The Brown Center invites you to our Faculty Spotlight on Monday, November 8th at 12:00 PM on Zoom. The spotlight series is a showcase of research, creative inquiry, and other scholarly engagement of the campus community. Stop by and learn about the research of our talented Stetson community!
Dr. Corie Charpentier- Assistant Professor of Biology
Department of Biology
The impact of light pollution on coastal zooplankton
Light influences the biology of diverse organisms, by cuing behavior and biological clocks. Due to the introduction of artificial light, however, the nighttime light environment has changed dramatically over the last century. Excluding Antarctica, approximately 22% of the world’s coastlines are exposed to artificial light at night (ALAN), more commonly known as light pollution. Despite this change in coastal ecosystems, few studies assess how ALAN affects coastal animals. Coastal zooplankton are a taxonomically diverse group of “animal drifters”, or animals that cannot swim against horizontal currents. Some zooplankton exhibit strong behavioral responses to light (e.g., larval crabs), while others demonstrate little to no response (e.g., larval oysters). The focus of this research was to (1) evaluate behavioral responses to artificial light sources in coastal zooplankton, and (2) determine whether observed behavioral responses impact zooplankton depth in the field. Preliminary results indicate that crab larvae swim down in response to overhead streetlight stimuli. These responses were less pronounced in larval barnacles and oysters. My senior research students and I are now assessing whether these behavioral responses are apparent in the field, by comparing nighttime depth of zooplankton between field sites with low and high ALAN input. Since depth impacts horizontal transport, variation in zooplankton responses to light pollution could influence coastal biodiversity through changes in dispersal and subsequent settlement of larvae.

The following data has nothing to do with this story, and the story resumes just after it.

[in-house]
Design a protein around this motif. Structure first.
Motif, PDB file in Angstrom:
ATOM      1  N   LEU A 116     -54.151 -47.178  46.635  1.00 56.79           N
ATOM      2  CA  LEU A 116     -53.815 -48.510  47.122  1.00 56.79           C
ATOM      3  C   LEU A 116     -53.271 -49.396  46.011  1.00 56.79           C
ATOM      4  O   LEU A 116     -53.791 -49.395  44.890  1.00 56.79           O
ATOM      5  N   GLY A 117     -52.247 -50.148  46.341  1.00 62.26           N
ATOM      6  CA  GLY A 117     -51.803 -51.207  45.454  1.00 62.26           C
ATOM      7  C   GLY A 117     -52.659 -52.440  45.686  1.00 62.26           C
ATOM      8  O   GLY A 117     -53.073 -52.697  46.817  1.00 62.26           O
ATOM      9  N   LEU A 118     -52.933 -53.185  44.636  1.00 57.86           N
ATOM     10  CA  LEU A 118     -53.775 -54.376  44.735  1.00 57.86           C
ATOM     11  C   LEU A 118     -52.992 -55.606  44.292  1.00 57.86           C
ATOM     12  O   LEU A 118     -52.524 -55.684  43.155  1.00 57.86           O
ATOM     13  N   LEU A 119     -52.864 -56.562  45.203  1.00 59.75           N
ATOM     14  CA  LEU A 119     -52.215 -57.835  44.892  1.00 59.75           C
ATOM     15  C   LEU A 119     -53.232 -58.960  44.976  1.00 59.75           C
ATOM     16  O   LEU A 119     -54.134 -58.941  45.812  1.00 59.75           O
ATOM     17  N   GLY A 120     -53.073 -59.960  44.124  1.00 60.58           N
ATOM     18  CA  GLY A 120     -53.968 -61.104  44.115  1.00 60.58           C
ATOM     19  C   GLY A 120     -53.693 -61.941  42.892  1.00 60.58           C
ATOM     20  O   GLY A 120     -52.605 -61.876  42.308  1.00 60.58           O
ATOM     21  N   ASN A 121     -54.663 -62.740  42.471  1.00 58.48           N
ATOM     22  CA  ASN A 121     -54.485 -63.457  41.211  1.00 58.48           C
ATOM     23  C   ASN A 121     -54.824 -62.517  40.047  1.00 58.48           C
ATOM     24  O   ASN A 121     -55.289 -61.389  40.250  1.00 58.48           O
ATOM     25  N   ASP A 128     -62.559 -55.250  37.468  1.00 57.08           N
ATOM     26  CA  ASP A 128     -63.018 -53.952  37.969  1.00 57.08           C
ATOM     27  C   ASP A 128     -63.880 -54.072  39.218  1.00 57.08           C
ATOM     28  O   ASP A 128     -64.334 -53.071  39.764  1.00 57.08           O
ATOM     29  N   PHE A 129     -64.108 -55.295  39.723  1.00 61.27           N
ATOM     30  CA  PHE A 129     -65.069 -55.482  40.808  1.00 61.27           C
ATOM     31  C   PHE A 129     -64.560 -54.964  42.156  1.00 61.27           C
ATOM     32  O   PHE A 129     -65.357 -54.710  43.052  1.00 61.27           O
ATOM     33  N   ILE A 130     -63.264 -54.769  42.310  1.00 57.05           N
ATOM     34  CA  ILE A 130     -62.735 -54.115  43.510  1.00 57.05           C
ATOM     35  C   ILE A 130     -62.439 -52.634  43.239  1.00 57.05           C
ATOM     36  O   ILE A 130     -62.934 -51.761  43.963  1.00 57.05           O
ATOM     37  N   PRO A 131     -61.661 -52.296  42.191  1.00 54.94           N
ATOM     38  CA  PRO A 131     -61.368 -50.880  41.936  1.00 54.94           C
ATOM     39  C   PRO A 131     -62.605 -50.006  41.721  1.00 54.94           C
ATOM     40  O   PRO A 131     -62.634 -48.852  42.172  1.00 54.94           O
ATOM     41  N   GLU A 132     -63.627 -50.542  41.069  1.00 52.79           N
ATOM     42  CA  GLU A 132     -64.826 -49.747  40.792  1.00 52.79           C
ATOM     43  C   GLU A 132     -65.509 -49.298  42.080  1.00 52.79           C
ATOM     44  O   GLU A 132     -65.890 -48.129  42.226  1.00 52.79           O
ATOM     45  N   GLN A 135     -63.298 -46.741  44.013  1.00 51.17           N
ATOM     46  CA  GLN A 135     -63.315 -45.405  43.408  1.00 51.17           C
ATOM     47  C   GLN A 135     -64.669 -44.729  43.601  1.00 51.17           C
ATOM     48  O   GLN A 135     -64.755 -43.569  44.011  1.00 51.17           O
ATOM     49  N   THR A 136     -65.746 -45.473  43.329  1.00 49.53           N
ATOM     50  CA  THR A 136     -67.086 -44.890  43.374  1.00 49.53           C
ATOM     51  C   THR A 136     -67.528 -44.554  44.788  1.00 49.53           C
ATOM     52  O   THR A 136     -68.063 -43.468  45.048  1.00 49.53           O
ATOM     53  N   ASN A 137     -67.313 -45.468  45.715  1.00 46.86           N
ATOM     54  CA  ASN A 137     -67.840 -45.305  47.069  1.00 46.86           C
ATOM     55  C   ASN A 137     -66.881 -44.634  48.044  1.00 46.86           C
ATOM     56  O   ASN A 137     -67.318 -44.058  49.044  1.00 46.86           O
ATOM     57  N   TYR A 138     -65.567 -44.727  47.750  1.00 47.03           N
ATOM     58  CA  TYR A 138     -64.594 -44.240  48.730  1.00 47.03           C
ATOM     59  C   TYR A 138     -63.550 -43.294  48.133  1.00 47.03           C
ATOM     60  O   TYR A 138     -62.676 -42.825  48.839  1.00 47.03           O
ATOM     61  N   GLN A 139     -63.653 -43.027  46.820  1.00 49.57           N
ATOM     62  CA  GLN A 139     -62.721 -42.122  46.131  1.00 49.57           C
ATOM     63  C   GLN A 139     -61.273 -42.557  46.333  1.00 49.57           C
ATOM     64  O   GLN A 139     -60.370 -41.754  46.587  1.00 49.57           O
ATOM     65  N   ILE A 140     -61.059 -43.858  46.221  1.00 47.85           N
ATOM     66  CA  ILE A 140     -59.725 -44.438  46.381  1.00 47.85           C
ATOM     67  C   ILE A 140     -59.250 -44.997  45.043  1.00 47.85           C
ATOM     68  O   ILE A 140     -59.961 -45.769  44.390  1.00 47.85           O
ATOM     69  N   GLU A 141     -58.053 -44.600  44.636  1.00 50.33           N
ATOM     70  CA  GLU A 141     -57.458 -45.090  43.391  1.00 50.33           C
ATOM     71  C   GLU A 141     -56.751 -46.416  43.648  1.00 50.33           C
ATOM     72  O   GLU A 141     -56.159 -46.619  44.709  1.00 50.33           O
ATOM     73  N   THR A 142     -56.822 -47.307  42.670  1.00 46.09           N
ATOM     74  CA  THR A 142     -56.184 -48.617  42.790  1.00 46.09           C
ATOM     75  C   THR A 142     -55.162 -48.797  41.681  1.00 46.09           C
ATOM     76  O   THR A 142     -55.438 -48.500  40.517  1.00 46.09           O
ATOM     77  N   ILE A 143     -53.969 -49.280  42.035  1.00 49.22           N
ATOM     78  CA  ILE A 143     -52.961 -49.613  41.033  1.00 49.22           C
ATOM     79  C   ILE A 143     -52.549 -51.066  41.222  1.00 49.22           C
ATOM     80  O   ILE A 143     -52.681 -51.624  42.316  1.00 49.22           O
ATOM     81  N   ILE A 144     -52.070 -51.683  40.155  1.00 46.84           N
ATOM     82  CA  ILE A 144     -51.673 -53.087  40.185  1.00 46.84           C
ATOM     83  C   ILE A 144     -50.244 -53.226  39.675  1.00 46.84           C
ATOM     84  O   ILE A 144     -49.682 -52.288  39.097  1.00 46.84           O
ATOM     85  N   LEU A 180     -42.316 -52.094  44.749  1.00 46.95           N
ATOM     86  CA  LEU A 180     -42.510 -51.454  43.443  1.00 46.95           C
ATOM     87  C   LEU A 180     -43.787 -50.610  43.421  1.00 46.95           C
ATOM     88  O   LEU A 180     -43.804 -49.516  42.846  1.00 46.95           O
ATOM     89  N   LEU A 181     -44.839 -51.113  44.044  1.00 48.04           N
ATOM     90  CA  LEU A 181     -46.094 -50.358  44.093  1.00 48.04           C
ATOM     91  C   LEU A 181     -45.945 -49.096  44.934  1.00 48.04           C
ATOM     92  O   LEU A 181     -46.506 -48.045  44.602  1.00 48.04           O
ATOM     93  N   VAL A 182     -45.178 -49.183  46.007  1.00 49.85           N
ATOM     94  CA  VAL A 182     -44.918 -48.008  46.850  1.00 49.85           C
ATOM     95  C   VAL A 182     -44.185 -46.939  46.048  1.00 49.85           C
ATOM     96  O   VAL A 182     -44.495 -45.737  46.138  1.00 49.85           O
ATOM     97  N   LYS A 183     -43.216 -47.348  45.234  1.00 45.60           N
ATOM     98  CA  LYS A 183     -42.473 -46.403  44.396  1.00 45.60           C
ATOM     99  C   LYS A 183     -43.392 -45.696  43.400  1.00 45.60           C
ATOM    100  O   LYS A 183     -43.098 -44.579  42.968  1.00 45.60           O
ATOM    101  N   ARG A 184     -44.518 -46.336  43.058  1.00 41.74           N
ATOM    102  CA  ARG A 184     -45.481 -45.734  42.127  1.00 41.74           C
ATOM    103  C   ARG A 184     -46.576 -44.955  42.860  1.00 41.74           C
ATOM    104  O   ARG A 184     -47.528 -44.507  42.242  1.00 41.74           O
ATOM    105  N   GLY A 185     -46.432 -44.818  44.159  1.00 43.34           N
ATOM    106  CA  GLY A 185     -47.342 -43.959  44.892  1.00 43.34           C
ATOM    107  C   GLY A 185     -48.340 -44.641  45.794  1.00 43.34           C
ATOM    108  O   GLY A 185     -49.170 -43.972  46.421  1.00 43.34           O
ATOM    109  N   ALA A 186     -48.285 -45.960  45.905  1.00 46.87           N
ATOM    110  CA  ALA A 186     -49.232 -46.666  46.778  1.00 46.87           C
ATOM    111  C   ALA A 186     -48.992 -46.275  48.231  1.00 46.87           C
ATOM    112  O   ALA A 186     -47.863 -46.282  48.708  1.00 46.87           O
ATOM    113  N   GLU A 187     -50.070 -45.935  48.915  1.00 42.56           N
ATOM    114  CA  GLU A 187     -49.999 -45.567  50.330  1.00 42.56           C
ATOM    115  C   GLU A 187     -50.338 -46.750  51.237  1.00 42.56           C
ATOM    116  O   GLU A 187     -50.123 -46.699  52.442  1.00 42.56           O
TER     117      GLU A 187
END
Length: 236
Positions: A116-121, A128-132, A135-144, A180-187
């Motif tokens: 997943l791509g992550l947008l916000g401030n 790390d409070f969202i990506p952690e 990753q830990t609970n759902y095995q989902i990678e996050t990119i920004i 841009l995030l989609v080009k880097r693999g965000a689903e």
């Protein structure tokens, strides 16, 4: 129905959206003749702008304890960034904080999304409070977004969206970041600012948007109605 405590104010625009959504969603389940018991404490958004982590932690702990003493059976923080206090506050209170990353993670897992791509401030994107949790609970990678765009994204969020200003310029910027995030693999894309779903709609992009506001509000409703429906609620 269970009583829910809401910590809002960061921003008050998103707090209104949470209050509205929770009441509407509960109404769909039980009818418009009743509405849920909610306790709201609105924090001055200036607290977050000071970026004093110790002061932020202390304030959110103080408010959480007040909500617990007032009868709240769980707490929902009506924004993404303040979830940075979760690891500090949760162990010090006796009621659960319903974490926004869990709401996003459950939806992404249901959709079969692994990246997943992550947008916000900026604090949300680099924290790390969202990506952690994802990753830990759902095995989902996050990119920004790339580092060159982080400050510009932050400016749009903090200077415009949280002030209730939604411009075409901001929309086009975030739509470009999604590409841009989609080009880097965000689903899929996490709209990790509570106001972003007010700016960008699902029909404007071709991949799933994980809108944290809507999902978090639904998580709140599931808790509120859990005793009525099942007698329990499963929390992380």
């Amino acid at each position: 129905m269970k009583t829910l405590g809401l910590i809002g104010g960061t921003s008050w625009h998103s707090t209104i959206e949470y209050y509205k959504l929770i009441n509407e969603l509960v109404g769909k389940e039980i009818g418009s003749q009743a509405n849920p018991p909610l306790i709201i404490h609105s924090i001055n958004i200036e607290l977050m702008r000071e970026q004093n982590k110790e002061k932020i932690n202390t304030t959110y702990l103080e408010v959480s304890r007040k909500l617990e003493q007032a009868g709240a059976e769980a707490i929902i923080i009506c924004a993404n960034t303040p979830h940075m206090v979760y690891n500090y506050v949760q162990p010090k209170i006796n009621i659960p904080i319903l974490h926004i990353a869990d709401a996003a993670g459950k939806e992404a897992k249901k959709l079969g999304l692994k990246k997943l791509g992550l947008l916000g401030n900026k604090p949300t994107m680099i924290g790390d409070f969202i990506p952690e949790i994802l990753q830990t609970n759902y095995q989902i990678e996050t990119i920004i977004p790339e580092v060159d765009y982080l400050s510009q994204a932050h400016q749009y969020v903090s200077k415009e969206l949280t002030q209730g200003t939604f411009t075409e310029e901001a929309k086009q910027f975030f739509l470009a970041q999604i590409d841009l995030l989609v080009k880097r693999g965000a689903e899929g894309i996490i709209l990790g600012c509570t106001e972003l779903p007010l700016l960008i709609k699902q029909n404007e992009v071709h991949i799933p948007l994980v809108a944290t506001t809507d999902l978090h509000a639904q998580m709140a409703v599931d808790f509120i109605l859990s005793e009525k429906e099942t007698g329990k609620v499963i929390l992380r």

Corie Charpentier is a marine biologist, who is interested in the role of environmental change on the behavior, physiology, and ecology of coastal animals. She grew up exploring the rocky shores of New England and discovered her passion for marine science at an early age. Since, she completed a B.S. in Marine Science at Eckerd College, a Ph.D. in Marine Biosciences at the University of Delaware, and a postdoctoral fellowship at Rutgers University. She also taught biology and marine science courses at Ransom Everglades School in Miami before beginning her work as an Assistant Professor of Biology at Stetson.